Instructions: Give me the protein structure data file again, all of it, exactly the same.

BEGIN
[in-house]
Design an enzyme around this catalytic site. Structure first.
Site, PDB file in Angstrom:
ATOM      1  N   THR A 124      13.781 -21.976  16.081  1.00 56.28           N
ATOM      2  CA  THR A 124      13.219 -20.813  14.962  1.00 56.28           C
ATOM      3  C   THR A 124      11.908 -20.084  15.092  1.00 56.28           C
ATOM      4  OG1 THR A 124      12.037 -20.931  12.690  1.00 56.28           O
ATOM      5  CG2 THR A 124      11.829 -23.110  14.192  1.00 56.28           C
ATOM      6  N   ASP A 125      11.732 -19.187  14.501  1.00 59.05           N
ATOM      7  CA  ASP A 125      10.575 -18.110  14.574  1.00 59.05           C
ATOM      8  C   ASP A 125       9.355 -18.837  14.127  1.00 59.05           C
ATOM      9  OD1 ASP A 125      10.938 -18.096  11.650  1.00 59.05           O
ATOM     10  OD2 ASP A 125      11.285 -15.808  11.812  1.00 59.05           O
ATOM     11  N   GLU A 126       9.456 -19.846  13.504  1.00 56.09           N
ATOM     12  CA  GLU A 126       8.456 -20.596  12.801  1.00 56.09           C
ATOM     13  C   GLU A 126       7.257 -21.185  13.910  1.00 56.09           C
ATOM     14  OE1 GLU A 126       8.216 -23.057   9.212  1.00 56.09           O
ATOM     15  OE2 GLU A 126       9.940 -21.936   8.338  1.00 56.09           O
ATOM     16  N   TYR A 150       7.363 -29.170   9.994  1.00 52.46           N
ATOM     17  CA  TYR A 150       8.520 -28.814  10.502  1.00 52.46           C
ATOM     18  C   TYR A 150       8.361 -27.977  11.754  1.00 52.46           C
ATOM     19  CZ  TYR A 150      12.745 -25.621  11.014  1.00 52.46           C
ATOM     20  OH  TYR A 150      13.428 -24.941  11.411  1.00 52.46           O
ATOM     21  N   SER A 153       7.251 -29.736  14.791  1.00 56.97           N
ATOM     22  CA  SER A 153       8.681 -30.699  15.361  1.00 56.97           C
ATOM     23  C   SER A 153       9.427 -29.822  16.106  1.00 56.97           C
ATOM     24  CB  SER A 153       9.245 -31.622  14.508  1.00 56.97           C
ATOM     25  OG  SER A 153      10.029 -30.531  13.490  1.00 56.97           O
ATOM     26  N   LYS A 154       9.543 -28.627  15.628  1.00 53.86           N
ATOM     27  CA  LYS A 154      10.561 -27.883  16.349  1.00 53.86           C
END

[in-house]
Design an enzyme around this catalytic site. Structure first.
Site, PDB file in Angstrom:
ATOM      1  N   THR A 124      13.781 -21.976  16.081  1.00 56.28           N
ATOM      2  CA  THR A 124      13.219 -20.813  14.962  1.00 56.28           C
ATOM      3  C   THR A 124      11.908 -20.084  15.092  1.00 56.28           C
ATOM      4  OG1 THR A 124      12.037 -20.931  12.690  1.00 56.28           O
ATOM      5  CG2 THR A 124      11.829 -23.110  14.192  1.00 56.28           C
ATOM      6  N   ASP A 125      11.732 -19.187  14.501  1.00 59.05           N
ATOM      7  CA  ASP A 125      10.575 -18.110  14.574  1.00 59.05           C
ATOM      8  C   ASP A 125       9.355 -18.837  14.127  1.00 59.05           C
ATOM      9  OD1 ASP A 125      10.938 -18.096  11.650  1.00 59.05           O
ATOM     10  OD2 ASP A 125      11.285 -15.808  11.812  1.00 59.05           O
ATOM     11  N   GLU A 126       9.456 -19.846  13.504  1.00 56.09           N
ATOM     12  CA  GLU A 126       8.456 -20.596  12.801  1.00 56.09           C
ATOM     13  C   GLU A 126       7.257 -21.185  13.910  1.00 56.09           C
ATOM     14  OE1 GLU A 126       8.216 -23.057   9.212  1.00 56.09           O
ATOM     15  OE2 GLU A 126       9.940 -21.936   8.338  1.00 56.09           O
ATOM     16  N   TYR A 150       7.363 -29.170   9.994  1.00 52.46           N
ATOM     17  CA  TYR A 150       8.520 -28.814  10.502  1.00 52.46           C
ATOM     18  C   TYR A 150       8.361 -27.977  11.754  1.00 52.46           C
ATOM     19  CZ  TYR A 150      12.745 -25.621  11.014  1.00 52.46           C
ATOM     20  OH  TYR A 150      13.428 -24.941  11.411  1.00 52.46           O
ATOM     21  N   SER A 153       7.251 -29.736  14.791  1.00 56.97           N
ATOM     22  CA  SER A 153       8.681 -30.699  15.361  1.00 56.97           C
ATOM     23  C   SER A 153       9.427 -29.822  16.106  1.00 56.97           C
ATOM     24  CB  SER A 153       9.245 -31.622  14.508  1.00 56.97           C
ATOM     25  OG  SER A 153      10.029 -30.531  13.490  1.00 56.97           O
ATOM     26  N   LYS A 154       9.543 -28.627  15.628  1.00 53.86           N
ATOM     27  CA  LYS A 154      10.561 -27.883  16.349  1.00 53.86           C